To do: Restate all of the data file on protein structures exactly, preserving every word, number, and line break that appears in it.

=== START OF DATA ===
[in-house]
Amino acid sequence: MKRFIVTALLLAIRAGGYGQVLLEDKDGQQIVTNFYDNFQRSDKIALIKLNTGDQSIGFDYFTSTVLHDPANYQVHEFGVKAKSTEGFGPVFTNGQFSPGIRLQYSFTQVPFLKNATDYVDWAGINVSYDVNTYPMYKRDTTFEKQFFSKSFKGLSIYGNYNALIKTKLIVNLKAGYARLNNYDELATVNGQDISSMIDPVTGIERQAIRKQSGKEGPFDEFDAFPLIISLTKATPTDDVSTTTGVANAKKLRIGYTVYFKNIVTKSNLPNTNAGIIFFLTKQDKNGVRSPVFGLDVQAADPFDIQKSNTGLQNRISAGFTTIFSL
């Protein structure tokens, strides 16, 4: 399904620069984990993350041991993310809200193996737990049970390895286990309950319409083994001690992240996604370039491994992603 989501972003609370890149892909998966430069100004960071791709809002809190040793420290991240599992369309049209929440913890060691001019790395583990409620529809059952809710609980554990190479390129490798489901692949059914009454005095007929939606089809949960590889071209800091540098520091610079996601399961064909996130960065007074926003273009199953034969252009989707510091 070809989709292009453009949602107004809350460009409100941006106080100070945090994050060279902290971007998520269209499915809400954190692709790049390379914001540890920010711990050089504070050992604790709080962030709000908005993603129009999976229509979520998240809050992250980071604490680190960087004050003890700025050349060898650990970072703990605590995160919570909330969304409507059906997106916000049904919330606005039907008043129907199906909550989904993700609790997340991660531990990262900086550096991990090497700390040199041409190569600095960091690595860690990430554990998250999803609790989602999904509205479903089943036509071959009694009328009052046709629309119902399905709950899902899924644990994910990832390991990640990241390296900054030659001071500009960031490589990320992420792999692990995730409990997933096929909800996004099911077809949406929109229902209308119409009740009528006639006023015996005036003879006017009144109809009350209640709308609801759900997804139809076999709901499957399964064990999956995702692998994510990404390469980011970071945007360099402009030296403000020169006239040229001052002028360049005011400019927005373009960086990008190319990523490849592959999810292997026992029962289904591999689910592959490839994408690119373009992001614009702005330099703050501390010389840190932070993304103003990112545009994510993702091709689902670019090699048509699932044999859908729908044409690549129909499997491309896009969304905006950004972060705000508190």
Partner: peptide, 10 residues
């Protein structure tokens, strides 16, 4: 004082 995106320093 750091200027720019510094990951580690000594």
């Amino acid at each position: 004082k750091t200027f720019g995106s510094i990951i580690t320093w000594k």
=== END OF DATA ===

[in-house]
Amino acid sequence: MKRFIVTALLLAIRAGGYGQVLLEDKDGQQIVTNFYDNFQRSDKIALIKLNTGDQSIGFDYFTSTVLHDPANYQVHEFGVKAKSTEGFGPVFTNGQFSPGIRLQYSFTQVPFLKNATDYVDWAGINVSYDVNTYPMYKRDTTFEKQFFSKSFKGLSIYGNYNALIKTKLIVNLKAGYARLNNYDELATVNGQDISSMIDPVTGIERQAIRKQSGKEGPFDEFDAFPLIISLTKATPTDDVSTTTGVANAKKLRIGYTVYFKNIVTKSNLPNTNAGIIFFLTKQDKNGVRSPVFGLDVQAADPFDIQKSNTGLQNRISAGFTTIFSL
């Protein structure tokens, strides 16, 4: 399904620069984990993350041991993310809200193996737990049970390895286990309950319409083994001690992240996604370039491994992603 989501972003609370890149892909998966430069100004960071791709809002809190040793420290991240599992369309049209929440913890060691001019790395583990409620529809059952809710609980554990190479390129490798489901692949059914009454005095007929939606089809949960590889071209800091540098520091610079996601399961064909996130960065007074926003273009199953034969252009989707510091 070809989709292009453009949602107004809350460009409100941006106080100070945090994050060279902290971007998520269209499915809400954190692709790049390379914001540890920010711990050089504070050992604790709080962030709000908005993603129009999976229509979520998240809050992250980071604490680190960087004050003890700025050349060898650990970072703990605590995160919570909330969304409507059906997106916000049904919330606005039907008043129907199906909550989904993700609790997340991660531990990262900086550096991990090497700390040199041409190569600095960091690595860690990430554990998250999803609790989602999904509205479903089943036509071959009694009328009052046709629309119902399905709950899902899924644990994910990832390991990640990241390296900054030659001071500009960031490589990320992420792999692990995730409990997933096929909800996004099911077809949406929109229902209308119409009740009528006639006023015996005036003879006017009144109809009350209640709308609801759900997804139809076999709901499957399964064990999956995702692998994510990404390469980011970071945007360099402009030296403000020169006239040229001052002028360049005011400019927005373009960086990008190319990523490849592959999810292997026992029962289904591999689910592959490839994408690119373009992001614009702005330099703050501390010389840190932070993304103003990112545009994510993702091709689902670019090699048509699932044999859908729908044409690549129909499997491309896009969304905006950004972060705000508190």
Partner: peptide, 10 residues
């Protein structure tokens, strides 16, 4: 004082 995106320093 750091200027720019510094990951580690000594």
């Amino acid at each position: 004082k750091t200027f720019g995106s510094i990951i580690t320093w000594k």